Inflation is hot property today, hyperinflation is even hotter! We think we are modern, contemporary, smart and ready to deal with anything. We’ve got that seen-it-all-before, been-there-done-it attitude. But, we are not a patch on what some countries have been through in the worst cases of hyperinflation in history.
- Apple Bonds Stick Buyers With $280.6 Million Loss as Rates Climb (BBG)
- Iceland Freezes EU Plans as New Government Shuns Euro Crisis (BBG)
- "Transparent Fed" - Ben Bernanke meets privately with Darrell Issa (Politico)
- Bank of Japan vows market steps to curb bond turbulence (Reuters) holds policy (FT)
- Stockholm riots spread in third night of unrest (FT)
- Dudley Says Decision on Taper Will Require 3-4 Months (BBG)
- Senate panel passes immigration bill; Obama praises move (Reuters)
- Italy to outline youth jobs plan as government struggles (Reuters)
- Apple CEO Tim Cook, Lawmakers Square Off Over Taxes (WSJ)
- Google Joins Apple Avoiding Taxes With Stateless Income (BBG)
- Sony Board Discussing Loeb’s Entertainment IPO Proposal (BBG)
- Vote Strengthens Dimon's Grip (WSJ), Dimon performance well choreographed (FT)
- IMF Tells Central Europe to Spend More (WSJ)
- Tornadoes Blast Oklahoma (WSJ)
- Frenetic search for survivors as 91 feared dead in tornado-hit Oklahoma (Reuters)
- JPMorgan investors on edge over vote on Dimon; what if they win? (Reuters)
- Wealthy bank depositors to suffer losses in EU law (Reuters)
- Yen Slips as Amari Backtracks (BBG)
- Japan Ready for More Yen Weakness Despite Recent Comments (WSJ)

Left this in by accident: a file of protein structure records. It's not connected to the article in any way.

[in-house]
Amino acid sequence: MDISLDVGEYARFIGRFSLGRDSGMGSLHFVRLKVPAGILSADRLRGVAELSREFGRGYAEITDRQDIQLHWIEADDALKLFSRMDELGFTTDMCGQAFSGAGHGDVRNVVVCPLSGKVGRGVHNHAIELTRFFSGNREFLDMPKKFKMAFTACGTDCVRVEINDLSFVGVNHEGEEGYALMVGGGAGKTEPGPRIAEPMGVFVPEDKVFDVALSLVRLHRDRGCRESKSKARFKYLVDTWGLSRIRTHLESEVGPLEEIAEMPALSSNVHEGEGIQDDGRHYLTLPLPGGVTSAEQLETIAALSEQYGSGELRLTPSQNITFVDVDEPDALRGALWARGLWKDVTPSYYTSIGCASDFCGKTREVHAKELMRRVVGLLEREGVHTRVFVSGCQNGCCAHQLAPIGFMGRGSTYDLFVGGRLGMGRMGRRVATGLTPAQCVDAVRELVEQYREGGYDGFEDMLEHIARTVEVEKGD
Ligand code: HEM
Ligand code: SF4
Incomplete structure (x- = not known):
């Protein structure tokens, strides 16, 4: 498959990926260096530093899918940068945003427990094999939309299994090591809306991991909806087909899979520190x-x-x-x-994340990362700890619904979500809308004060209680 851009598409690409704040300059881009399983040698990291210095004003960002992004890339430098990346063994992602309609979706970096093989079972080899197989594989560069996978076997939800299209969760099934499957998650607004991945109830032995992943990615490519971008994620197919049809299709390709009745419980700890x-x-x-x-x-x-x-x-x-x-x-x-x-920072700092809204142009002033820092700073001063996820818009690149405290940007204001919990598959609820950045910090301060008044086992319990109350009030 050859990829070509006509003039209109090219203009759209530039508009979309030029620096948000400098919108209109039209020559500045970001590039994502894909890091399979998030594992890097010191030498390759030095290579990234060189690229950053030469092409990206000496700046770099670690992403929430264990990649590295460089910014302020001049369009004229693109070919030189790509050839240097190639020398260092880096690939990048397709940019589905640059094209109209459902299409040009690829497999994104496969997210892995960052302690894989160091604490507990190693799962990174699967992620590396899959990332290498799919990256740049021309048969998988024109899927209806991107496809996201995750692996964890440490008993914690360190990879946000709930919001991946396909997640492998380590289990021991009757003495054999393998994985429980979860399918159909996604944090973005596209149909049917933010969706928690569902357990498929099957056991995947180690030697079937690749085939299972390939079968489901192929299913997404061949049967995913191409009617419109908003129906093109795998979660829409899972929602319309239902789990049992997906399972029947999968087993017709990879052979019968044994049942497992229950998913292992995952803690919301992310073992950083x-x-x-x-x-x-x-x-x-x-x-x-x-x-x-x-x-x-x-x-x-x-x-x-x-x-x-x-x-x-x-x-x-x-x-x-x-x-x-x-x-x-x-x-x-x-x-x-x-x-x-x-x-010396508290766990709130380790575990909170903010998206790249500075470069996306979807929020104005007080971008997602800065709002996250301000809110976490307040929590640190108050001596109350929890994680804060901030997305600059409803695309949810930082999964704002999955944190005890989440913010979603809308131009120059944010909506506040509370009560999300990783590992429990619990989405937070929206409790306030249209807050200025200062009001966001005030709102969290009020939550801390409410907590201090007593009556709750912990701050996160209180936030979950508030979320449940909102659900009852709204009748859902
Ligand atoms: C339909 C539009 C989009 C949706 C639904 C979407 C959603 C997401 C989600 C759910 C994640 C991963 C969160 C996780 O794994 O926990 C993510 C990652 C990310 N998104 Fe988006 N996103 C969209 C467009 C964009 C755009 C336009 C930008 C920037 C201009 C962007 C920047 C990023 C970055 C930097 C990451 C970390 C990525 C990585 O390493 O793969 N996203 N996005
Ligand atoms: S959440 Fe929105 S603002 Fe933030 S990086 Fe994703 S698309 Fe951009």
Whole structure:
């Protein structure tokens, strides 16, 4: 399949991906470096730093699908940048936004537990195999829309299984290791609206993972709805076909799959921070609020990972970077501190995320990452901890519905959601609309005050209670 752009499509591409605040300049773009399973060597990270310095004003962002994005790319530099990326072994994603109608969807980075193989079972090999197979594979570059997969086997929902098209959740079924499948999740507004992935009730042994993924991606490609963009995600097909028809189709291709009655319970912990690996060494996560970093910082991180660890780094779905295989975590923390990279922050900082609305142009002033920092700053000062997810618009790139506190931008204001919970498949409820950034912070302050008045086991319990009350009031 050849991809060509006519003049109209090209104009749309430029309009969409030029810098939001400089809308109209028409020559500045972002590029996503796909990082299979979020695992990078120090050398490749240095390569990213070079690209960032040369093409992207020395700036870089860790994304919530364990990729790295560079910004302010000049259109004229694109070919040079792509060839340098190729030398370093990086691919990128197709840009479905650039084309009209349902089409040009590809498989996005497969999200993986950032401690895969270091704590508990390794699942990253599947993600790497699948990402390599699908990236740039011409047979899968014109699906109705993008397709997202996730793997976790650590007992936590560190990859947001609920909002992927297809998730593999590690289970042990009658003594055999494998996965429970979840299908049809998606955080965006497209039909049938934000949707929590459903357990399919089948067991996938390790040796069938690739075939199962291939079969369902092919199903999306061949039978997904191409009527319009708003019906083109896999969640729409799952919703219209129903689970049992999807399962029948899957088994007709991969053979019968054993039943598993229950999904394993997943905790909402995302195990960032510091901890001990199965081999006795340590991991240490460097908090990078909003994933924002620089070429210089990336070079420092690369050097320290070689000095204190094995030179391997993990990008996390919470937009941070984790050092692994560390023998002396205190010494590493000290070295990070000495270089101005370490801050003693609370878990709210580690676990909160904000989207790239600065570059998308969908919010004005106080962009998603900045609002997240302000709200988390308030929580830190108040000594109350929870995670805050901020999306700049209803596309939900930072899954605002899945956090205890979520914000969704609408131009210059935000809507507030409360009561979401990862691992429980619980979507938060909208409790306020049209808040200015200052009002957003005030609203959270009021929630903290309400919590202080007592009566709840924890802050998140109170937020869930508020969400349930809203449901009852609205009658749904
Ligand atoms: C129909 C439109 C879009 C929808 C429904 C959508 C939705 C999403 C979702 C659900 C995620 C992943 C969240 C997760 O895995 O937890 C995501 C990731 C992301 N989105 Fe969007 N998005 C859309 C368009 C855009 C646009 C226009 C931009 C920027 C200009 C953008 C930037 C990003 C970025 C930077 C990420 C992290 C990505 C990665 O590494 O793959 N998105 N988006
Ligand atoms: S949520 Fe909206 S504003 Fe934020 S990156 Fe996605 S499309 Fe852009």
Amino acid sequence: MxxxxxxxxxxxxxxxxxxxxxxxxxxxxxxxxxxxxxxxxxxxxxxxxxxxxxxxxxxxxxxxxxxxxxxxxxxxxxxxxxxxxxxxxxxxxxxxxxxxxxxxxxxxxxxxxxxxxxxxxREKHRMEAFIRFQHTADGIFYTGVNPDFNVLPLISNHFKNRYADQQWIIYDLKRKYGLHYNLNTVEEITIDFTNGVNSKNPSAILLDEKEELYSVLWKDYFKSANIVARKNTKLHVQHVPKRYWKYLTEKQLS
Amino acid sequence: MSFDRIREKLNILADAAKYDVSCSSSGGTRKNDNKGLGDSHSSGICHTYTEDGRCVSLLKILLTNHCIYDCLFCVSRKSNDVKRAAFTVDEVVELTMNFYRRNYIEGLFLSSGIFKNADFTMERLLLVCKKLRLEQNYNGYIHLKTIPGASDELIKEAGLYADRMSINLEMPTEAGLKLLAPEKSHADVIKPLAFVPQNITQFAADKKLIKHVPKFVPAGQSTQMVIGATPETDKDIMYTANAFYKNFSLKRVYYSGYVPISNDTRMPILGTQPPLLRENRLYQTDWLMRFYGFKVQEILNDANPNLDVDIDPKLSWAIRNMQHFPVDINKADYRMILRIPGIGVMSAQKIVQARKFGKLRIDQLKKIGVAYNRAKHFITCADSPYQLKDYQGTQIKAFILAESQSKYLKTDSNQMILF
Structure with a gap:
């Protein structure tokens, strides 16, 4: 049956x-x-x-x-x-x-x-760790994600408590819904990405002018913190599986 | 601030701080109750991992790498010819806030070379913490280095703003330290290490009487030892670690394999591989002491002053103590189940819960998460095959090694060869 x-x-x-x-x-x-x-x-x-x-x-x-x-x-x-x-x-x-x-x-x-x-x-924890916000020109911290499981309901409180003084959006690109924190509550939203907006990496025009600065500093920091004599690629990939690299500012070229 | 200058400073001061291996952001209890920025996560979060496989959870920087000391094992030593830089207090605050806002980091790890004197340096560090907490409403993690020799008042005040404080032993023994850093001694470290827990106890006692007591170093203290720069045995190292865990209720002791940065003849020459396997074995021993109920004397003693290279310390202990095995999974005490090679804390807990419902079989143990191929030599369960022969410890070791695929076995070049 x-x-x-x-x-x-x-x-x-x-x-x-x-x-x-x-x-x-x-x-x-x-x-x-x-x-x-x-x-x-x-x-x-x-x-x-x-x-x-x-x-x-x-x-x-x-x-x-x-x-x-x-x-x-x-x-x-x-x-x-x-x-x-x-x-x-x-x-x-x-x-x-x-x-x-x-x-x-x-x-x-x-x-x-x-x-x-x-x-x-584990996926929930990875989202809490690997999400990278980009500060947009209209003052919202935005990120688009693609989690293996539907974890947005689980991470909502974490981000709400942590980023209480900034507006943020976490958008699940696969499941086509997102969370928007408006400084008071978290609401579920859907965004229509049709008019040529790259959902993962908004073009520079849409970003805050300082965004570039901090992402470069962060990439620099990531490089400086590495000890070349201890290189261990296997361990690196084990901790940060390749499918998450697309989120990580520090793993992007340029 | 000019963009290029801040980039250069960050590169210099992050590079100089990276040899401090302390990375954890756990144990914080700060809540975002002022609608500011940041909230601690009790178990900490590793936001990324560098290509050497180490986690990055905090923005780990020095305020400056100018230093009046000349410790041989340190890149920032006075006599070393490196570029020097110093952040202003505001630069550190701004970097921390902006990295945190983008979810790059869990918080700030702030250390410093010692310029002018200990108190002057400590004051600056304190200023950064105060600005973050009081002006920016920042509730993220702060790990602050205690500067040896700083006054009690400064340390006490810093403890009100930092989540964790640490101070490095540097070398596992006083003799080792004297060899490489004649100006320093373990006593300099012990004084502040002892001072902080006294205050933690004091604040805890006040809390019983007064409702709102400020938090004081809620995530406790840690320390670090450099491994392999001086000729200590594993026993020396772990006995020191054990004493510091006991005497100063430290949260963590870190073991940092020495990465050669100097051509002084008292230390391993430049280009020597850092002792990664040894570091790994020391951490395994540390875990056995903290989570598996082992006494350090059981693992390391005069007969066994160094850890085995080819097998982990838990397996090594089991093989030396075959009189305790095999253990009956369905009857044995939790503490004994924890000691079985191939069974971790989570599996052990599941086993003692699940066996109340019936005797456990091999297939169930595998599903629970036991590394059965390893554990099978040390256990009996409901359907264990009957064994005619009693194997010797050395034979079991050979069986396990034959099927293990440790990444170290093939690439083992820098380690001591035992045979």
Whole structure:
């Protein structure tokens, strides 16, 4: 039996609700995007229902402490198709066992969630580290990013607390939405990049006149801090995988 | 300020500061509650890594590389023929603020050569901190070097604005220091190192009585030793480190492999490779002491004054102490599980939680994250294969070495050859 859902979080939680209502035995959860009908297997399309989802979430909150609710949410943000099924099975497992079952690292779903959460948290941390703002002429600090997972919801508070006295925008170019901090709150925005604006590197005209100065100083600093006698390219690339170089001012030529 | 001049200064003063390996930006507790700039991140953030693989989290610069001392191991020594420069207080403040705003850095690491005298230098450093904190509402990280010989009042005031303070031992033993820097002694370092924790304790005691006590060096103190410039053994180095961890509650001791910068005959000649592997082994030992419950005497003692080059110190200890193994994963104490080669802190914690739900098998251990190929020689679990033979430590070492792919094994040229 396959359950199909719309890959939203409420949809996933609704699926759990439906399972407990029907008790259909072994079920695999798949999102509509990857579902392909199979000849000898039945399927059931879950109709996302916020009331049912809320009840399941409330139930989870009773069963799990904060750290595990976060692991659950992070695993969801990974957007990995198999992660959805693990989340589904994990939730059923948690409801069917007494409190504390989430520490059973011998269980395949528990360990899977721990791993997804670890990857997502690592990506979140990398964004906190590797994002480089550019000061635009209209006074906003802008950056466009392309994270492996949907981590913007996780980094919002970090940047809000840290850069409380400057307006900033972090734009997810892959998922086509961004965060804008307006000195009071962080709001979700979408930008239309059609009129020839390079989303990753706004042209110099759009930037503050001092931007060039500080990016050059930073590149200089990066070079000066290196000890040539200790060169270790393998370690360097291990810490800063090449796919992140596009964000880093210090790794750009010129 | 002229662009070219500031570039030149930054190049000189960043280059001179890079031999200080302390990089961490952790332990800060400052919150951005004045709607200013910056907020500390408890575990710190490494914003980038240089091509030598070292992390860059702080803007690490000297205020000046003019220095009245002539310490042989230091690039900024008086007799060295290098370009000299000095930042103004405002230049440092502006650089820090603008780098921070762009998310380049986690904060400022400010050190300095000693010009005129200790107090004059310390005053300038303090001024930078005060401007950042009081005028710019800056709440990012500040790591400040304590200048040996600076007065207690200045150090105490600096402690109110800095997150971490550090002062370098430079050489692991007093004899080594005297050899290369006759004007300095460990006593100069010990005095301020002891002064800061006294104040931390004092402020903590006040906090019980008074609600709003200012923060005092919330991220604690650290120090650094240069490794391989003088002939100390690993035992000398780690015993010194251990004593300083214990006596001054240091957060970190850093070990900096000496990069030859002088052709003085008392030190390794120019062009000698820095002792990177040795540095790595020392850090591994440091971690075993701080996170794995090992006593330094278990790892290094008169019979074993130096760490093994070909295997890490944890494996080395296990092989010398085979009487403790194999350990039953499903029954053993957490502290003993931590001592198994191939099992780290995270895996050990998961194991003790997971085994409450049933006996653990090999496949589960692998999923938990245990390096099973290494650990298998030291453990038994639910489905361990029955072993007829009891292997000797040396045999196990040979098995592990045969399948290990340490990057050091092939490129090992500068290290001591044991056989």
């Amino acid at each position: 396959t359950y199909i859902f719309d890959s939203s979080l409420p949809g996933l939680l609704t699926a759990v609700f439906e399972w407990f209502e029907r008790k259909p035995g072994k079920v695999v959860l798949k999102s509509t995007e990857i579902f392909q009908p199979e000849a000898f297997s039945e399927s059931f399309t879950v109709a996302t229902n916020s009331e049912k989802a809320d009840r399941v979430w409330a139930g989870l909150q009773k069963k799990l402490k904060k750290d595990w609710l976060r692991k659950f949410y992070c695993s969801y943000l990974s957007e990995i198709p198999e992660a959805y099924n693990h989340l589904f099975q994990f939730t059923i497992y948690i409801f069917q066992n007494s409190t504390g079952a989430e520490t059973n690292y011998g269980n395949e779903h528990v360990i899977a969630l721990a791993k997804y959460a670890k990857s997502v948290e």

- IRS officials back on Capitol Hill hot seat over targeting (Reuters)
- Li Keqiang pledges China boost to India trade (FT)
- Europe's Recession Sparks Grass-Roots Political Push (WSJ)
- Obama and Xi to meet in effort to calm growing US-China rivalry (FT)
- Berlin plans to streamline EU but avoid wholesale treaty change (FT)
- France must reform or face punitive measures - EU's Oettinger (Reuters)
In the absence of major data releases, the focal point of the week for markets becomes the release of the minutes of the May FOMC meeting. The most notable change in the statement was the inclusion of the new language: “the Committee is prepared to increase or reduce the pace of its purchases to maintain appropriate policy accommodation as the outlook for the labor market or inflation changes.” In the May meeting minutes, the market will be looking for any clarification of the motivation behind this change as well as any evidence that the committee members may be becoming less comfortable with the unemployment rate threshold or more specific about tapering timelines and dates.
- Mine union threatens to bring South Africa to 'standstill' (Reuters)
- Russia Raises Stakes in Syria (WSJ) - as reported here yesterday
- Japan buys into US shale gas boom (FT)
- Bill Gates Retakes World’s Richest Title From Carlos Slim (BBG) - so he can afford a Tesla now?
- China Wages Rose Sharply in 2012 (WSJ)
- Regulators Target Exchanges As They Ready Record Fine (WSJ)
- Citi Takes Some Traders Off Bloomberg Chat Tool (WSJ)
- After Google, Amazon to be grilled on UK tax presence (Reuters)
- Apple CEO Cook to Propose Tax Reform for Offshore Cash (BBG)
- French, German politicians to pressure Google on tax (Reuters)
- Gold Bears Revived as Rout Resumes After Coin Rush (BBG)
- A stretched Samsung chases rival Apple's suppliers (Reuters)
- As scandals mount, White House springs into damage control (Reuters)
- Glencore Xstrata chairman ousted in surprise coup (Reuters), former BP CEO Tony Hayward appointed as interim chairman (WSJ)
- JPMorgan Chase asks Bloomberg for data records (Telegraph)
- Platts Retains Energy Trader Confidence Amid Price-Fix Probe (BBG)
- Syrian Internet service comes back online (PCWorld)
- Japan Q1 growth hits 3.5% on Abe impact although fall in business investment clouds optimism for recovery (FT)
- Soros Joins Gold-Stake Cuts Before Bear Market Drop (BBG)
- Factory Ceiling Collapses in Cambodia (WSJ)
- Sony’s $100 Billion Lost Decade Supports Loeb Breakup (BBG)
- Snags await favourite for Federal Reserve job (FT)
- James Bond’s Pinewood Turned Down on $300 Million Plan (BBG)
The great American manufacturing renaissance? Maybe not. But China is losing the low-wage edge.